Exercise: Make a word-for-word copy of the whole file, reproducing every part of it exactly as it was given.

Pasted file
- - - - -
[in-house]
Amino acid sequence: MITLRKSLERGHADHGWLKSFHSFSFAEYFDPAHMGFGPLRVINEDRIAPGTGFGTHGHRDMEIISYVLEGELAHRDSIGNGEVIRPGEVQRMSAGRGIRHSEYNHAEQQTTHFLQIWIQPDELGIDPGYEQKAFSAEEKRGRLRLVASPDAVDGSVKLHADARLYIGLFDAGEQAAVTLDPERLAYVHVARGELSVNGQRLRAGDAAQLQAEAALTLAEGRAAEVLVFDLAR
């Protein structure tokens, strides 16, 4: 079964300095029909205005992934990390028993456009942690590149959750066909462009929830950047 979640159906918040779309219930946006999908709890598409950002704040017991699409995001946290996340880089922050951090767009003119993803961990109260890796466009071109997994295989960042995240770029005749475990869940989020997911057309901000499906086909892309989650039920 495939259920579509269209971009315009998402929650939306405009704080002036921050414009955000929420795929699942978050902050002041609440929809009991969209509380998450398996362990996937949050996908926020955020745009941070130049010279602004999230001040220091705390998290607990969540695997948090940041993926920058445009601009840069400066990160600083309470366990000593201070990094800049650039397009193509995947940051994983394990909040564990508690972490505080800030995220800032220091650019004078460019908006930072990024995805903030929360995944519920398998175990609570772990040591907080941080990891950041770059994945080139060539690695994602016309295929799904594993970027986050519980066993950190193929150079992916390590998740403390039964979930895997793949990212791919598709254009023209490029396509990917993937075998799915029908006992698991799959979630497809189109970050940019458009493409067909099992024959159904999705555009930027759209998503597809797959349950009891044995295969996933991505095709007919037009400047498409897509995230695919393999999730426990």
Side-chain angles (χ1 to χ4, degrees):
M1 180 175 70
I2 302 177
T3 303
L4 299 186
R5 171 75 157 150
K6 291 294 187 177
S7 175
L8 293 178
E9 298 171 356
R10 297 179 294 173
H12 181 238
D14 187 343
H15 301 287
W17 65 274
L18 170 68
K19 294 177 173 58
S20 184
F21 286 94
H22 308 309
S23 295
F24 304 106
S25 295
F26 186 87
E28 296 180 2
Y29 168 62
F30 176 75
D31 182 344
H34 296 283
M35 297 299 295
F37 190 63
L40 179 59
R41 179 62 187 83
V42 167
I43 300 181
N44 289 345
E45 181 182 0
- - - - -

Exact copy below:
[in-house]
Amino acid sequence: MITLRKSLERGHADHGWLKSFHSFSFAEYFDPAHMGFGPLRVINEDRIAPGTGFGTHGHRDMEIISYVLEGELAHRDSIGNGEVIRPGEVQRMSAGRGIRHSEYNHAEQQTTHFLQIWIQPDELGIDPGYEQKAFSAEEKRGRLRLVASPDAVDGSVKLHADARLYIGLFDAGEQAAVTLDPERLAYVHVARGELSVNGQRLRAGDAAQLQAEAALTLAEGRAAEVLVFDLAR
């Protein structure tokens, strides 16, 4: 079964300095029909205005992934990390028993456009942690590149959750066909462009929830950047 979640159906918040779309219930946006999908709890598409950002704040017991699409995001946290996340880089922050951090767009003119993803961990109260890796466009071109997994295989960042995240770029005749475990869940989020997911057309901000499906086909892309989650039920 495939259920579509269209971009315009998402929650939306405009704080002036921050414009955000929420795929699942978050902050002041609440929809009991969209509380998450398996362990996937949050996908926020955020745009941070130049010279602004999230001040220091705390998290607990969540695997948090940041993926920058445009601009840069400066990160600083309470366990000593201070990094800049650039397009193509995947940051994983394990909040564990508690972490505080800030995220800032220091650019004078460019908006930072990024995805903030929360995944519920398998175990609570772990040591907080941080990891950041770059994945080139060539690695994602016309295929799904594993970027986050519980066993950190193929150079992916390590998740403390039964979930895997793949990212791919598709254009023209490029396509990917993937075998799915029908006992698991799959979630497809189109970050940019458009493409067909099992024959159904999705555009930027759209998503597809797959349950009891044995295969996933991505095709007919037009400047498409897509995230695919393999999730426990």
Side-chain angles (χ1 to χ4, degrees):
M1 180 175 70
I2 302 177
T3 303
L4 299 186
R5 171 75 157 150
K6 291 294 187 177
S7 175
L8 293 178
E9 298 171 356
R10 297 179 294 173
H12 181 238
D14 187 343
H15 301 287
W17 65 274
L18 170 68
K19 294 177 173 58
S20 184
F21 286 94
H22 308 309
S23 295
F24 304 106
S25 295
F26 186 87
E28 296 180 2
Y29 168 62
F30 176 75
D31 182 344
H34 296 283
M35 297 299 295
F37 190 63
L40 179 59
R41 179 62 187 83
V42 167
I43 300 181
N44 289 345
E45 181 182 0